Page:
arid kamâb (#) Fr.: aride Lacking sufficient water or rainfall. L. aridus, from arere "to be dry, i.e. burnt up"; compare with Gk. azaleos "dry," PIE *as- "to burn, glow". Kamâb, from Mod.P. kam "little, few, deficient, scarce" + âb "water". |
aridity kamâbi (#) Fr.: aridité A measure of the degree to which a climate lacks effective moisture. Aridity, noun from → arid. Kamâbi, noun from amâbi, → arid. |
Ariel (Uranus I) Ariel (#) Fr.: Ariel A satellite of → Uranus discovered by Lassell in 1851. It is orbiting at a mean distance of 192,000 kilometers with a period of 2.52 days. Ariel, a spirit in William Shakespeare's The Tempest. |
Aries Barré (#) Fr.: Bélier The Ram. A constellation of the → Zodiac,
representing a ram (R.A. = L. aries "ram," perhaps akin to Gk. eriphos "a kid, a young goat," O.Ir. heirp "she-goat;" cf. Lith. erytis, O.C.S. jarici, Arm. oroj "lamb." Barré "ram, sheep; Aries" from Mid.Pers. warrag "lamb,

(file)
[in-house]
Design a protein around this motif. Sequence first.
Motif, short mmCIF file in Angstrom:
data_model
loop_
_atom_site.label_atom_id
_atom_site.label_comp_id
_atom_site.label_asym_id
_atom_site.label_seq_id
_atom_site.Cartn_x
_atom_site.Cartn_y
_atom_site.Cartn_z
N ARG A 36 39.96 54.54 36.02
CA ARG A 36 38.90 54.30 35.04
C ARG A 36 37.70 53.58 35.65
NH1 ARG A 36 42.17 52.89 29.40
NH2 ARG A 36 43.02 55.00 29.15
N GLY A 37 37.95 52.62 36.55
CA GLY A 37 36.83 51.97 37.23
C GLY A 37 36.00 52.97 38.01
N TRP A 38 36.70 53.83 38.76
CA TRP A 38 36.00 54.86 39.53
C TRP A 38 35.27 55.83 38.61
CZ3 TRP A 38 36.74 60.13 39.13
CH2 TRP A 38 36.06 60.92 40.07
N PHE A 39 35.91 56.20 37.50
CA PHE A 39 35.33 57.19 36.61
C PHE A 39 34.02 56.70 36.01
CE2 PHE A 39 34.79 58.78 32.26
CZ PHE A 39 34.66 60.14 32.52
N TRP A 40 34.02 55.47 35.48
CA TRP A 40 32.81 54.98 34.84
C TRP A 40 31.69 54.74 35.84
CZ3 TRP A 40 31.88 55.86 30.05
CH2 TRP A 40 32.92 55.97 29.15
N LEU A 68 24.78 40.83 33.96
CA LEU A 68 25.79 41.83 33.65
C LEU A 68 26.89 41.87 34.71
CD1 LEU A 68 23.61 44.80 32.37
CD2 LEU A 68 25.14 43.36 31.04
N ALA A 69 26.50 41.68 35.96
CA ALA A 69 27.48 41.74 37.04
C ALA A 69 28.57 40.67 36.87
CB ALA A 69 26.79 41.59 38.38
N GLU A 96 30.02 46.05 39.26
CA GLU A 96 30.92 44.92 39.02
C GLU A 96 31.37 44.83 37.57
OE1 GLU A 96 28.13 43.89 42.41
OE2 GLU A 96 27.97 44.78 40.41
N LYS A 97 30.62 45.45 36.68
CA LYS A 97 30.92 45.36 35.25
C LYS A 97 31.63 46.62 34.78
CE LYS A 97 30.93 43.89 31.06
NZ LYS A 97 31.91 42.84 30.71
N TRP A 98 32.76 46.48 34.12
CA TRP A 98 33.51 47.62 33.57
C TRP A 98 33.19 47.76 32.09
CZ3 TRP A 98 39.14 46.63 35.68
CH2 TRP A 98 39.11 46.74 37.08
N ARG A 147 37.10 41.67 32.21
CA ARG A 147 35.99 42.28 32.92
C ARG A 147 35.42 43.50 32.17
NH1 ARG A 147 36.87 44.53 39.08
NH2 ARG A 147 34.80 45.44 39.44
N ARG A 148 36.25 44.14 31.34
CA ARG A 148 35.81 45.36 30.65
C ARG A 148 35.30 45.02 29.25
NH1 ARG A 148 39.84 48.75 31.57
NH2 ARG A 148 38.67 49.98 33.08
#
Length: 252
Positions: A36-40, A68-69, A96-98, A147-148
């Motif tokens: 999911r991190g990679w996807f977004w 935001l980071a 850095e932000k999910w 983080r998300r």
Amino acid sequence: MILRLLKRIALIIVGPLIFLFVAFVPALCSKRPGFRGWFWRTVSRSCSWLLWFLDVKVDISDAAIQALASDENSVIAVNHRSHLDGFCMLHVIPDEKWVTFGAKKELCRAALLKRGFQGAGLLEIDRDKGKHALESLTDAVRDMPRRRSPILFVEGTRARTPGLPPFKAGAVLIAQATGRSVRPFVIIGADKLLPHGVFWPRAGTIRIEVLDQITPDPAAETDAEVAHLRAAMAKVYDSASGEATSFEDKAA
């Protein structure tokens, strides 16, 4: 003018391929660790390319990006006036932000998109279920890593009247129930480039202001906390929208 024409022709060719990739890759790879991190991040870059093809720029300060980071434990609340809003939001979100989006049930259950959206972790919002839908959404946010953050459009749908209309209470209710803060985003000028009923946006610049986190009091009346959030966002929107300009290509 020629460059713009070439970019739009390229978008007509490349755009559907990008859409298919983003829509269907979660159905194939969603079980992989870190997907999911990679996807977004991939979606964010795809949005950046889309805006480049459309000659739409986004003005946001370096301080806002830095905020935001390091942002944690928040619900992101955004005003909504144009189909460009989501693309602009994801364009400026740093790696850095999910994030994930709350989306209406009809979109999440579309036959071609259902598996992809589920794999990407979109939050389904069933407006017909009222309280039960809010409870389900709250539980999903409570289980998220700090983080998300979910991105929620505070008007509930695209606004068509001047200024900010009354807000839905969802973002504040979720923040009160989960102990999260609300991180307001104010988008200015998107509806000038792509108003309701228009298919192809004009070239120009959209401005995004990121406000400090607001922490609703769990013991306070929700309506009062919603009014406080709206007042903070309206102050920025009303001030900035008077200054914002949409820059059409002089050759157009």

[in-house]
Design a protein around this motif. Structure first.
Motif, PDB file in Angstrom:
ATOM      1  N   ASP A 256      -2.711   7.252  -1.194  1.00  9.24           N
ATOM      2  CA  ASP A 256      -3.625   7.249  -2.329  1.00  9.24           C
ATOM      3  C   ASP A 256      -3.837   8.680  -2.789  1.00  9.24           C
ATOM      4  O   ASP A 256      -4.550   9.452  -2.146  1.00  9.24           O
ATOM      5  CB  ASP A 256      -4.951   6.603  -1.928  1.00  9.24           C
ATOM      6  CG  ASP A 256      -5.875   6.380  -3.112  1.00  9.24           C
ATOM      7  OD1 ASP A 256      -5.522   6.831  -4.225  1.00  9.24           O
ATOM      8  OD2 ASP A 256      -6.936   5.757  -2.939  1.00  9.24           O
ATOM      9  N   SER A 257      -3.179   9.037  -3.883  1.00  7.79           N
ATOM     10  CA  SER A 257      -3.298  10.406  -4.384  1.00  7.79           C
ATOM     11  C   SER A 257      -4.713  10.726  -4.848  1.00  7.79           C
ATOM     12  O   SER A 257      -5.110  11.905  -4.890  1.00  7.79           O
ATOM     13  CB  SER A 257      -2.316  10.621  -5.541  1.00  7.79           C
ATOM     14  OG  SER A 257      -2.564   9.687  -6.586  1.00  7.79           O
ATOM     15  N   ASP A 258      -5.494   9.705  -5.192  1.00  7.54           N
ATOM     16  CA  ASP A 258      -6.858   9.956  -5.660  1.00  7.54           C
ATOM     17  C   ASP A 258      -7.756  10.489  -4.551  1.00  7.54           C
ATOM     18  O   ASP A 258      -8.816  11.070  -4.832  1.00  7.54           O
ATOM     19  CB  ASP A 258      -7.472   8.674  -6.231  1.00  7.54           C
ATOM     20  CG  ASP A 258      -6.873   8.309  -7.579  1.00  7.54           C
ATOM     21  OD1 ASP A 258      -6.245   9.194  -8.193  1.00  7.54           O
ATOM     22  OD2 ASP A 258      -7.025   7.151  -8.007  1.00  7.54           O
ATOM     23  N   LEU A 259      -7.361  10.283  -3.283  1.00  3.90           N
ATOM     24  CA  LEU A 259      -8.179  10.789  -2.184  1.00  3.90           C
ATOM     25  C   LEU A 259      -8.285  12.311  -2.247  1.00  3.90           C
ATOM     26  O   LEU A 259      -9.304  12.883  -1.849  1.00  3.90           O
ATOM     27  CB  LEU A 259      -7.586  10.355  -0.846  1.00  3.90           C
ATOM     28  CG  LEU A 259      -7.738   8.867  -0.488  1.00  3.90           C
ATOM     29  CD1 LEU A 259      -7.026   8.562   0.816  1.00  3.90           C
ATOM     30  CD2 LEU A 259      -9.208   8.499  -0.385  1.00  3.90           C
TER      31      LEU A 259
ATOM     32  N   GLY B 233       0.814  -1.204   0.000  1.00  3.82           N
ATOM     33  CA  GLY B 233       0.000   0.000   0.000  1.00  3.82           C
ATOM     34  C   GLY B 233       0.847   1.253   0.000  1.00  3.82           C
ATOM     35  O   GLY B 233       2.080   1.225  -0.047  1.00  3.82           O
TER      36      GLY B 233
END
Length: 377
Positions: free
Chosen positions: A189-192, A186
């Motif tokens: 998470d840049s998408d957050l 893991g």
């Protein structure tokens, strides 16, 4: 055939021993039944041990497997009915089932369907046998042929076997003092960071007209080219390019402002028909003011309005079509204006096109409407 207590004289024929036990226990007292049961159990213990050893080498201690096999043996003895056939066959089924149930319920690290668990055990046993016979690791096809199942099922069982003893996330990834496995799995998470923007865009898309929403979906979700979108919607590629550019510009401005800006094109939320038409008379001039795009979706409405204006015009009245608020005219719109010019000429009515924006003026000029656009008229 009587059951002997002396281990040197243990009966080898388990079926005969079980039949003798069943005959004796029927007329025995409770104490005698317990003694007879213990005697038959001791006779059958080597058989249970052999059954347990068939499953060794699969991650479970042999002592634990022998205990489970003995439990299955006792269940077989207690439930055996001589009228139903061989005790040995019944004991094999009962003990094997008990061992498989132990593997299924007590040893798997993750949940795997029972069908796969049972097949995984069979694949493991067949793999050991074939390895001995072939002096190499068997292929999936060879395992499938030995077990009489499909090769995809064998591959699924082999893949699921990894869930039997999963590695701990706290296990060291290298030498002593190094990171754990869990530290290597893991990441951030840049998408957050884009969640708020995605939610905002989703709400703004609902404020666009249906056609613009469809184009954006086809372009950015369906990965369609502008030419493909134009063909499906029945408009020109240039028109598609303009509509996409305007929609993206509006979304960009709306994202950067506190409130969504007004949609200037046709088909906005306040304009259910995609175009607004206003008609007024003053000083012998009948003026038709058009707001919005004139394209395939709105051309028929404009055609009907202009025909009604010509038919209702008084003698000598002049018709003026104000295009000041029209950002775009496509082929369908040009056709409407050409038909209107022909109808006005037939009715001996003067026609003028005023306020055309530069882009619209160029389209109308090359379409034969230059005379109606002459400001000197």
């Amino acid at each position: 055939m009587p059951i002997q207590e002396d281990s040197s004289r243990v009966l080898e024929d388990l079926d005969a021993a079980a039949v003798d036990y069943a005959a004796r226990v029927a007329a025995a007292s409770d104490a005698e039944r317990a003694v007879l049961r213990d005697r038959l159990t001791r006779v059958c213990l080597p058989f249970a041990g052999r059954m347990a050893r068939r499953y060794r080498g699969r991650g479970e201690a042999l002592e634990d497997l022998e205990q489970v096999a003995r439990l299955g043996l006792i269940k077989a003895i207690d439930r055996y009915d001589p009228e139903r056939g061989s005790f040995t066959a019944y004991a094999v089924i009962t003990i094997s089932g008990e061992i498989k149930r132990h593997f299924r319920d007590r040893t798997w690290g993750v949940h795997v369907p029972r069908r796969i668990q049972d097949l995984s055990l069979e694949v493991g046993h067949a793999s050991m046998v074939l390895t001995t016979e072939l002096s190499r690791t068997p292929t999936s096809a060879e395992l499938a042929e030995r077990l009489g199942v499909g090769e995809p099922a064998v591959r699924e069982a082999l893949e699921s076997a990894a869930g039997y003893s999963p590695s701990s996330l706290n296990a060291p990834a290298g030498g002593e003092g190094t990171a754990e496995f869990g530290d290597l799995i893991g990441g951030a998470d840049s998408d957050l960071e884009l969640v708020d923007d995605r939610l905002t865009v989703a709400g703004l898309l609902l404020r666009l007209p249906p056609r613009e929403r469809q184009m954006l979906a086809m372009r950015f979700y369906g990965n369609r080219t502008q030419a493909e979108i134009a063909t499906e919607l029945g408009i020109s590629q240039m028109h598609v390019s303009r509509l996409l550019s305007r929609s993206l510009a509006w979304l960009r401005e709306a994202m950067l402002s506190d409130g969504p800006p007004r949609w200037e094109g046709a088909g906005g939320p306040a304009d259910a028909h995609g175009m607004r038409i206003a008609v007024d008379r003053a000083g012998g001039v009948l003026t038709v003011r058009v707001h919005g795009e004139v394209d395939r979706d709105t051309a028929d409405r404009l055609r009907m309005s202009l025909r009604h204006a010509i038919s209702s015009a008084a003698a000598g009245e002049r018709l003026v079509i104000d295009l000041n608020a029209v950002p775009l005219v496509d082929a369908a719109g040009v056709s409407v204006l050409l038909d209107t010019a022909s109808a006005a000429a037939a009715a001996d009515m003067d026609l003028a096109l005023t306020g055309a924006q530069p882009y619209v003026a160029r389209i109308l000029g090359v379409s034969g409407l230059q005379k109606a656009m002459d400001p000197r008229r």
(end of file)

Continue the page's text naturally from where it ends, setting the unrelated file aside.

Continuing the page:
ram; Aries," compare with Av. varənâ- "wool," Skt.
urana, urabhra "wool-beared = |
Aristarchus' inequality nâhamugi-ye Aristarchus Fr.: inégalité d'Aristarque Put in modern notation, if α and β are acute angles and if β <α, then sin α / sin β <α / β < tan α / tan β. Aristarchus probably used this inequality to show that the Sun is between 18 and 20 times as far from the Earth as the Moon is. Aristarchus of Samos (c.310-c.230 BC); → inequality. |
Aristotelian form dise-ye Arastuyi Fr.: forme aristotelienne Any of the four main → proposition
forms treated in Aristotle's → syllogism: Greek philosopher Aristotle (384-322 BC); → form. |
arithmetic hesâb (#) Fr.: arithmétique A branch of mathematics that deals usually with integers, rational numbers, real numbers, or complex numbers under addition, subtraction, multiplication, and division. See also → compute, → computation, → count, → calculate, → calculus, → mathematics, → statistics. O.Fr. arsmetique, from M.L. arithmetica, from Gk. arithmetike (tekhne) "(art, skill) of numbers," from arithmos "number." Hesâb, from Ar. hisab. |
arithmetic mean miyângin hesâbi (#) Fr.: moyenne arithmétique Of n numbers a_{1}, a_{2}, ..., a_{n}, the quantity defined as: (a_{1} + a_{2} + ... + a_{n})/n. → arithmetic; → mean. |